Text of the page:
Groundhog day may pass unnoticed for some, but for homeowners and gardeners, groundhog season is only just the beginning. Groundhogs (also known as woodchucks) are active in the spring and summer and may feast off your garden or lawn. Here are our do-it-yourself tips for keeping your yard safe from groundhogs.
Woodchucks, also known as groundhogs, are a member of the squirrel family and reside throughout the east and mid-west sections of the United States and most of Canada. They are excellent diggers and live in complex underground systems of burrows. There is usually a main entrance distinguished by a mound of soil around it, and several secondary entryways that are often used as escape doors. Burrows are often near rocks, tree roots, or other supportive structures that help to prevent predators from gaining access to them. Many woodchucks share their burrows with other animals, and use the burrows for hibernation for about six months every winter. Groundhogs are vegetarians and can often be seen grazing near the edges of fields and roadways.
Possible Conflicts and Solutions
Woodchucks often cause trouble for gardeners, and leave a clean cut on plants they browse, unlike the jagged edges of plants browsed by deer. Using novel stimuli to harass and frighten away unwanted groundhogs will often do the trick. Tactics like putting a beach ball within the area they are disturbing and letting it blow in the wind and using scarecrows, balloons, and pinwheels can deter them. Visiting your garden often and mowing long grasses can also help. Specific plants can be protected by sprinkling them with Epsom salts (needs re-application after every rain) or covering them with fabric or gallon milk jugs with the bottoms removed. You can also try placing rags soaked in ammonia on posts placed at intervals around the perimeter of the garden. The odor is enough to deter most unwanted visitors. The rags must be re-soaked when the smell of ammonia fades.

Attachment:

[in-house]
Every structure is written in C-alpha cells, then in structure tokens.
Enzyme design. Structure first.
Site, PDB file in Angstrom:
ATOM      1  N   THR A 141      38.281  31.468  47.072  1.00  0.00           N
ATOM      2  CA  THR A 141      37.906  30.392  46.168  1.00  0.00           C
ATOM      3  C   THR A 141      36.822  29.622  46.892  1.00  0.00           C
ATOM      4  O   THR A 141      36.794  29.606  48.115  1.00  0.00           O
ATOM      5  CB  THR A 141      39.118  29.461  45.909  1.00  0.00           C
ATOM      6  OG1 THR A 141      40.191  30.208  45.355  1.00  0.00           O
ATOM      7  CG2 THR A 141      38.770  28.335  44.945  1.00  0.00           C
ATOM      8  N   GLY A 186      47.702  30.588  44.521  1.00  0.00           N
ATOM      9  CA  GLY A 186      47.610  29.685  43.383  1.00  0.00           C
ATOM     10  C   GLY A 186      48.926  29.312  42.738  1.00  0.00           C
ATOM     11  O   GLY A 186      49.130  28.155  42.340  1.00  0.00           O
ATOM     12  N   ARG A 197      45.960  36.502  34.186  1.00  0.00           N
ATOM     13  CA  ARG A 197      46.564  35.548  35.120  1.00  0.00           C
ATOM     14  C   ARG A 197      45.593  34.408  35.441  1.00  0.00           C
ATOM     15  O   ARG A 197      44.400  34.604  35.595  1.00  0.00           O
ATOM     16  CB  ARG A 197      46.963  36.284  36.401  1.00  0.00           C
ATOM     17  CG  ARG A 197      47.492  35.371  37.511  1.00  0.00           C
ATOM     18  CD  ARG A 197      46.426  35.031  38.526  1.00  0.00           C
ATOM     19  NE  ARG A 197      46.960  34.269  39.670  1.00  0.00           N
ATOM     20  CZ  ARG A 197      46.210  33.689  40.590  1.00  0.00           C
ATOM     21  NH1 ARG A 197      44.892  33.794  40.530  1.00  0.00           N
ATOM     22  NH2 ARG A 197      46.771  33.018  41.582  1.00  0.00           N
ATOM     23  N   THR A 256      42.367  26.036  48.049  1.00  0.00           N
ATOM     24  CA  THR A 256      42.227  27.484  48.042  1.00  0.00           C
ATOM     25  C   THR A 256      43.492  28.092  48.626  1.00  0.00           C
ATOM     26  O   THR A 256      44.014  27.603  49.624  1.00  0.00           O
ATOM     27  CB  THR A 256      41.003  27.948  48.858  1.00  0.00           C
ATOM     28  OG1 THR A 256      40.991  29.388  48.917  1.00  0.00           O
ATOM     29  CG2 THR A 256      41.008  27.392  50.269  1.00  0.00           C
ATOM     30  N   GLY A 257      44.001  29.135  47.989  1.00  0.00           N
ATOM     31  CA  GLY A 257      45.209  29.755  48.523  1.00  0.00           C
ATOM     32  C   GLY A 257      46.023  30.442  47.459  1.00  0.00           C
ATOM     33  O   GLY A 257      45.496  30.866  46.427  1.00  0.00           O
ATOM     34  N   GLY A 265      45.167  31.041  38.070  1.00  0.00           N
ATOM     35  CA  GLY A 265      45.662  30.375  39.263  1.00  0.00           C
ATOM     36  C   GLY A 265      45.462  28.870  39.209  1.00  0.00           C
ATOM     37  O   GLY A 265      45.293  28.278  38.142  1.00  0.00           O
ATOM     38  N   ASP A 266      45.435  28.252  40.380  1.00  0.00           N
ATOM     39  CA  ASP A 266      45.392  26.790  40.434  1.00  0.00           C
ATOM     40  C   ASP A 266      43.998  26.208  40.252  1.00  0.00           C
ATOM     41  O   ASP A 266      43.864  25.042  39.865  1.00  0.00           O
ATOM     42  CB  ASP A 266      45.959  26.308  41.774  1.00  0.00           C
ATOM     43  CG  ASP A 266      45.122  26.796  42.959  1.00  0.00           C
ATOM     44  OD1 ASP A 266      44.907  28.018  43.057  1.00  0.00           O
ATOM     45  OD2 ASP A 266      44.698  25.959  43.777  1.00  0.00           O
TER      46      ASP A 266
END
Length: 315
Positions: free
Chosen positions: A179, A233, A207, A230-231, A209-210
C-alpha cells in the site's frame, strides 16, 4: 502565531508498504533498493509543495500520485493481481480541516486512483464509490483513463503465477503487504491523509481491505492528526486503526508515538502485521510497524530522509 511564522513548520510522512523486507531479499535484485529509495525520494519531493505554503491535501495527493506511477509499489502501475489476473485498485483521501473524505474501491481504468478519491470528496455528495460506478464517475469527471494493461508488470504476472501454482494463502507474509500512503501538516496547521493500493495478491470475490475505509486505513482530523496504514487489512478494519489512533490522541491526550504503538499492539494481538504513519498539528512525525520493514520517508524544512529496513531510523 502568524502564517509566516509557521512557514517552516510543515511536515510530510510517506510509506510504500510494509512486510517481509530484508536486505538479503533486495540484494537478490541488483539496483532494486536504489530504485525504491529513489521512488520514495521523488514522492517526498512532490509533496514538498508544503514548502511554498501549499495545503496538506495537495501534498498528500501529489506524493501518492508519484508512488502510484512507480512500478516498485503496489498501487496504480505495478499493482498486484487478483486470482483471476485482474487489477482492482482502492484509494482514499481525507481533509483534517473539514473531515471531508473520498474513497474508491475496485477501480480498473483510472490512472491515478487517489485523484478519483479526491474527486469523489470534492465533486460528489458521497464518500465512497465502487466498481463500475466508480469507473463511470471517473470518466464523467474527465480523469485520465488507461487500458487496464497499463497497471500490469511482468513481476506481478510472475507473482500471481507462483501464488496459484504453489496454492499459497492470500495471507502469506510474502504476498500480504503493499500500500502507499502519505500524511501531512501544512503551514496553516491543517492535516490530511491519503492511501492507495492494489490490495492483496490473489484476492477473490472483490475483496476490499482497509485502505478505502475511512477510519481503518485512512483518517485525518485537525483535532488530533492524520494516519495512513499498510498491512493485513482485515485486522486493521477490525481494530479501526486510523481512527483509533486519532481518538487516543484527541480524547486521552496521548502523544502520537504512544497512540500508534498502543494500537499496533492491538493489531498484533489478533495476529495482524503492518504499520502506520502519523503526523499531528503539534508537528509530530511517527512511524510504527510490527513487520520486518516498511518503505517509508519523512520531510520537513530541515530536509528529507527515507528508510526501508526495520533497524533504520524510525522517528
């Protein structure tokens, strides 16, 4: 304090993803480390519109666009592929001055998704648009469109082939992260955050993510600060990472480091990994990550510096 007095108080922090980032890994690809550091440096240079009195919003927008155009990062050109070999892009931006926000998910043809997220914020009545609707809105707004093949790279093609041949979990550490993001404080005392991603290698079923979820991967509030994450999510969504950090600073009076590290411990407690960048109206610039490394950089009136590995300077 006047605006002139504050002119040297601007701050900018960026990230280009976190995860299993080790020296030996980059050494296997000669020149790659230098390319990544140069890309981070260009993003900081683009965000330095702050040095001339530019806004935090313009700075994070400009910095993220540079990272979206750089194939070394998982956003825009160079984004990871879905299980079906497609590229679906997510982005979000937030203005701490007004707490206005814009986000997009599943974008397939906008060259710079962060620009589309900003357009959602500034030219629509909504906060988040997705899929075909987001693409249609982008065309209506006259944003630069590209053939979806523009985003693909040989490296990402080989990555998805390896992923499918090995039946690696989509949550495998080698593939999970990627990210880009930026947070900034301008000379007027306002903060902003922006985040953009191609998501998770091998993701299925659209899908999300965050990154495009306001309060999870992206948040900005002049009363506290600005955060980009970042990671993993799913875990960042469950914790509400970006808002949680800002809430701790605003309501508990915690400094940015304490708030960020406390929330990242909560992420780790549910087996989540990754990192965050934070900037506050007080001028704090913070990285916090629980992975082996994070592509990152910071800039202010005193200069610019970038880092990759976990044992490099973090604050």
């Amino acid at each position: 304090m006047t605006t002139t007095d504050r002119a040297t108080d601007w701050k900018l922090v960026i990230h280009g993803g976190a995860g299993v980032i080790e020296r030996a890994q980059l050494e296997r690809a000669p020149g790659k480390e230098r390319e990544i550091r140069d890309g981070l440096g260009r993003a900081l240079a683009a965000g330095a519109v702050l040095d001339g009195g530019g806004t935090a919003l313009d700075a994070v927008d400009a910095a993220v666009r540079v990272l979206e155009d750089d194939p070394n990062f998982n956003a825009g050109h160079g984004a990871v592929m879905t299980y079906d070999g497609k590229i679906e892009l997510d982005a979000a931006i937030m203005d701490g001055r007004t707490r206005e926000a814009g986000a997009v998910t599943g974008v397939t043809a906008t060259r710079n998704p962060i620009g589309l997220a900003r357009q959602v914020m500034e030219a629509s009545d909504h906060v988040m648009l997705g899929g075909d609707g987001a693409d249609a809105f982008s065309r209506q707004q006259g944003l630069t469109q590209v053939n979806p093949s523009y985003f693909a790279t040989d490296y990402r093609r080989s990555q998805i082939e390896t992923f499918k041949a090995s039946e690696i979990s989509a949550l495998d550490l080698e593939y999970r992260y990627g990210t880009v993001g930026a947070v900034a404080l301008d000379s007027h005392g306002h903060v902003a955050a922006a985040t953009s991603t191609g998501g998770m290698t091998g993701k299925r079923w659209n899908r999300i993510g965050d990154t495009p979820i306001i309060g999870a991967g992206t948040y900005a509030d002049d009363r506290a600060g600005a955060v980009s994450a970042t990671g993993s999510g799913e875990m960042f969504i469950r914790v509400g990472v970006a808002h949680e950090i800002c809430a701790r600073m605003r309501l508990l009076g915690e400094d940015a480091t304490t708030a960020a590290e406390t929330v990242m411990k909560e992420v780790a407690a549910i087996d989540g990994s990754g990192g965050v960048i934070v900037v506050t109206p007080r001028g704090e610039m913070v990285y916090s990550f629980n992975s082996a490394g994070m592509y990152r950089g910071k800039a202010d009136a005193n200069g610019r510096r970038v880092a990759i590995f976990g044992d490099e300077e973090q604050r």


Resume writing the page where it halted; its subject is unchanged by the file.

The most effective means of ridding small gardens of hungry woodchucks is to use wire fencing around the perimeter at least three to four feet high and buried one foot underground. Woodchucks are proficient at digging, and have no trouble going under a fence that is not deep into the ground. Making sure the fence is somewhat loose and not pulled taught will make it more difficult for an interested groundhog to climb up it. If you have persistent visitors to your garden, a single strand of electric fencing in front of the fence four to five inches high will give your garden an extra step of protection.
Woodchuck burrows can sometimes cause problems for homeowners if they are under buildings or too close to gardens. In these cases it is best to try and harass the woodchucks out, and then permanently exclude them from getting back into the burrow. Removing ground cover around the burrows, partially digging out the entryways, and placing ammonia-soaked rags just inside the entrances can help to encourage them and other animals to leave. It is important to never use toxic substances like gasoline to try and get woodchucks or other burrow inhabitants to leave, as they are inhumane and toxic to both people and animals. A one-way door can be used to evict woodchucks from burrows, however, should never be used when young are present (usually May through August) or when other animals are using the burrow system. You can check to see if the burrow is being used by loosely placing hay or grass into the entrance. If it goes undisturbed for several days, then the burrow is most likely unoccupied, and then you can permanently close it. To close the burrow, excavate the area around the entrance, and bury heavy-gauge welded wire (three inch squares) at least one foot deep around the entrance. Because woodchucks are such great diggers, the wire should extend well past the burrow entrance on all sides (about three square foot sections of wire). After closing burrow entrances, it is a good idea to observe the area and make sure no new groundhogs are trying to gain access.
Public Health Concerns
Woodchucks are not a significant source of infectious diseases transmittable to humans. They can contract rabies, and may become very aggressive in the final stages of the disease.
For more tips on living with wildlife visit livingwithwildlife.org.